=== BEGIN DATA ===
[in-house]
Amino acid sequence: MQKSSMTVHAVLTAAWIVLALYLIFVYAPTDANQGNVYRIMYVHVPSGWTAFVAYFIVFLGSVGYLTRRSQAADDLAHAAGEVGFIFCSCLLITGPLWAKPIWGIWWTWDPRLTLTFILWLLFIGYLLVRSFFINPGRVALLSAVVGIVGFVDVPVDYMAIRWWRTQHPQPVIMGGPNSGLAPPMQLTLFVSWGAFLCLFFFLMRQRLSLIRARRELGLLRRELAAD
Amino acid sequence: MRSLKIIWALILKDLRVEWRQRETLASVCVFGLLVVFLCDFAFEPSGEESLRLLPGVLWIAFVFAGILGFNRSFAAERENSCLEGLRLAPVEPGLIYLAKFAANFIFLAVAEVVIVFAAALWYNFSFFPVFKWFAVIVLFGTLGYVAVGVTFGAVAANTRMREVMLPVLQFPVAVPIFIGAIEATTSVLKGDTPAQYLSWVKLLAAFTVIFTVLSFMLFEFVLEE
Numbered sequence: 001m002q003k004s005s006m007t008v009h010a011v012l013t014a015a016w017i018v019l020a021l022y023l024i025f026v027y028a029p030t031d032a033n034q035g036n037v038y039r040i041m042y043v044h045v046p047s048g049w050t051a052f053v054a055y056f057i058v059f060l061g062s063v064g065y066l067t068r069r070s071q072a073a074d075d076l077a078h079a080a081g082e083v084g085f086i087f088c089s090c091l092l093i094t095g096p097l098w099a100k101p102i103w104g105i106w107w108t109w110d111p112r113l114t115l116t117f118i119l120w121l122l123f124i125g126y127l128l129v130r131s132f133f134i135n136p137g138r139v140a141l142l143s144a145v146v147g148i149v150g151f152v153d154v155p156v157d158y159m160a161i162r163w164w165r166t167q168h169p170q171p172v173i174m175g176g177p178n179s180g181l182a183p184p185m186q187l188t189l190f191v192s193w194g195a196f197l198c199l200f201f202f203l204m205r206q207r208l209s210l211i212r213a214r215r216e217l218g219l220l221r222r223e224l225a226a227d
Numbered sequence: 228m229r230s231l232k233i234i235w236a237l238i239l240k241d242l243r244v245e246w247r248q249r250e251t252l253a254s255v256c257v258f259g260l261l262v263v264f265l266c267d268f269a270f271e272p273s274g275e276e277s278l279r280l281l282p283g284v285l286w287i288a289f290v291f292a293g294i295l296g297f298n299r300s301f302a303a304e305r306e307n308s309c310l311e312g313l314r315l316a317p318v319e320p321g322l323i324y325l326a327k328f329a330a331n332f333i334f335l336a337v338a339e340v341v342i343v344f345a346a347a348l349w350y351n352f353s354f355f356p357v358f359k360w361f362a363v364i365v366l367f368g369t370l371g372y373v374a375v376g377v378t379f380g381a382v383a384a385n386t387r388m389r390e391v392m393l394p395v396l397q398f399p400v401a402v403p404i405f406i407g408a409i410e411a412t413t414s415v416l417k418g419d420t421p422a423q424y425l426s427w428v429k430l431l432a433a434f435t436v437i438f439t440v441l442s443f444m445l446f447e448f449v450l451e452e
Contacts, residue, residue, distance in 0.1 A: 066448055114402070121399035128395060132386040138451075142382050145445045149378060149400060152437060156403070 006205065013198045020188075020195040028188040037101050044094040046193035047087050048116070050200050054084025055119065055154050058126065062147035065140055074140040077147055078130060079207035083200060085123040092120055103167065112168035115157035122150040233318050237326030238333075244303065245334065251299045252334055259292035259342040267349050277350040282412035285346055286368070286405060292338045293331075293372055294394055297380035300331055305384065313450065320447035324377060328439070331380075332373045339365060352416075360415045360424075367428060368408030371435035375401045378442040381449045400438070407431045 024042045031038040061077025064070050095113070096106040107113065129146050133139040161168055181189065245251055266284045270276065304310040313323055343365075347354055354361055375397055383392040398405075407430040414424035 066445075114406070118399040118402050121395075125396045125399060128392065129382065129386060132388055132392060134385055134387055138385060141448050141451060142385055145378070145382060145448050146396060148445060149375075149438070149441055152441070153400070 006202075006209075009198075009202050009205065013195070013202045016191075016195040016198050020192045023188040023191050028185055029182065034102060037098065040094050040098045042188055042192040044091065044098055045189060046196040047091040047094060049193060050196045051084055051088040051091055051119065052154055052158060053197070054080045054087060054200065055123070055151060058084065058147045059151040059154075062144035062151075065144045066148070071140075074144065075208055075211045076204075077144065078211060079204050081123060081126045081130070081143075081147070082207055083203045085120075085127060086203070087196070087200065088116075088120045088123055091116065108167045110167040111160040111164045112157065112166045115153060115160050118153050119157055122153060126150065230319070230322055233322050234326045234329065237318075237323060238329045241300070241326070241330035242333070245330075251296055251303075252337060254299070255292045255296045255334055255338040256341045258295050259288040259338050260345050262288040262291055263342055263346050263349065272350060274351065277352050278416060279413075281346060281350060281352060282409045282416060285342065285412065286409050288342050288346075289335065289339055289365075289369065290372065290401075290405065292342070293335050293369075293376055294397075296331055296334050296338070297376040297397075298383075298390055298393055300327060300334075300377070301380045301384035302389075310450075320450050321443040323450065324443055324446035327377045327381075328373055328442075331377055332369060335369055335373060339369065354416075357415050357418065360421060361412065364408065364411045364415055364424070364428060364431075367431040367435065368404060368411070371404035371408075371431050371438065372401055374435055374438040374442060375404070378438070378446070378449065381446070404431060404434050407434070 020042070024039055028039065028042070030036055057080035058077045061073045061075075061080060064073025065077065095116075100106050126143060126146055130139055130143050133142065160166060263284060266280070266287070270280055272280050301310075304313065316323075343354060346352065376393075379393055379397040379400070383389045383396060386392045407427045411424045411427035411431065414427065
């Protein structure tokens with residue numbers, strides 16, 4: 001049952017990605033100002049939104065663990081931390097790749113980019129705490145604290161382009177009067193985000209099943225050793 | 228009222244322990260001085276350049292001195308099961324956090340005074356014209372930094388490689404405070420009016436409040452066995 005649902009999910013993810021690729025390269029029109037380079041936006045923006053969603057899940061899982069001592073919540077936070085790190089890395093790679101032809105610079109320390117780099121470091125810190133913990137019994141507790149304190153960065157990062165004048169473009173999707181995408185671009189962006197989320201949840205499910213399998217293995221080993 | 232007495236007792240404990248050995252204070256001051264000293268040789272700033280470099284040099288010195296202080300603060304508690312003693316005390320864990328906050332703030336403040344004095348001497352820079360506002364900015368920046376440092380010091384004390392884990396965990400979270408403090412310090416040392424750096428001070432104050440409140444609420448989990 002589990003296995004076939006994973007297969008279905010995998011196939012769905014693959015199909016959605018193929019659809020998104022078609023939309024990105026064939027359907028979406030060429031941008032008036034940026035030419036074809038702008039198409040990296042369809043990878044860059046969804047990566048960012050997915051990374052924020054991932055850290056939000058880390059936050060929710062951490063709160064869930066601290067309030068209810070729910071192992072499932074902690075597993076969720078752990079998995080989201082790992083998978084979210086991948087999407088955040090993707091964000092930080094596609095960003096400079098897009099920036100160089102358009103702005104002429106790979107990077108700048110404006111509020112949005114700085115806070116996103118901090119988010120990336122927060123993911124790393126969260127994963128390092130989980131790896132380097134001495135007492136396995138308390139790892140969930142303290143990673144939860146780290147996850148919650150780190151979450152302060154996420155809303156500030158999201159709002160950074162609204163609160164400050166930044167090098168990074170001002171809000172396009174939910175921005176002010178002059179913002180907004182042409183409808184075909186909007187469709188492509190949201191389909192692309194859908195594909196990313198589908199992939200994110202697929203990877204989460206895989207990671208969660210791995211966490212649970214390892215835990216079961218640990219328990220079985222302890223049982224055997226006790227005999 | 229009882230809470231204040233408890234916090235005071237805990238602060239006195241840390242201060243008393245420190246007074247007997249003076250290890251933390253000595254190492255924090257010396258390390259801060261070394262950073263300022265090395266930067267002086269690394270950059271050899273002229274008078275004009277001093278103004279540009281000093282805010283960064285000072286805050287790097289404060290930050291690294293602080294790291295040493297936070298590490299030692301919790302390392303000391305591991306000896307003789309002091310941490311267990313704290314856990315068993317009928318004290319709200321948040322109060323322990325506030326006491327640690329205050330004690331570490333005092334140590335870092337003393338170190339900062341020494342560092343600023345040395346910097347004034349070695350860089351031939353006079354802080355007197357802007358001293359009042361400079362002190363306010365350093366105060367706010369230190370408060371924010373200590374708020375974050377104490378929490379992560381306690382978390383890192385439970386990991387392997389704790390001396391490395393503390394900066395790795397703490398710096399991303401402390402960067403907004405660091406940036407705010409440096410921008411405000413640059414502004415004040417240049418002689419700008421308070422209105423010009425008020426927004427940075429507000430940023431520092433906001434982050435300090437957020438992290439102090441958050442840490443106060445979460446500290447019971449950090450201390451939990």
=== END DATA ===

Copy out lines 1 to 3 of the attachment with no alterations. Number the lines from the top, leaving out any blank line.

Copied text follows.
[in-house]
Amino acid sequence: MQKSSMTVHAVLTAAWIVLALYLIFVYAPTDANQGNVYRIMYVHVPSGWTAFVAYFIVFLGSVGYLTRRSQAADDLAHAAGEVGFIFCSCLLITGPLWAKPIWGIWWTWDPRLTLTFILWLLFIGYLLVRSFFINPGRVALLSAVVGIVGFVDVPVDYMAIRWWRTQHPQPVIMGGPNSGLAPPMQLTLFVSWGAFLCLFFFLMRQRLSLIRARRELGLLRRELAAD
Amino acid sequence: MRSLKIIWALILKDLRVEWRQRETLASVCVFGLLVVFLCDFAFEPSGEESLRLLPGVLWIAFVFAGILGFNRSFAAERENSCLEGLRLAPVEPGLIYLAKFAANFIFLAVAEVVIVFAAALWYNFSFFPVFKWFAVIVLFGTLGYVAVGVTFGAVAANTRMREVMLPVLQFPVAVPIFIGAIEATTSVLKGDTPAQYLSWVKLLAAFTVIFTVLSFMLFEFVLEE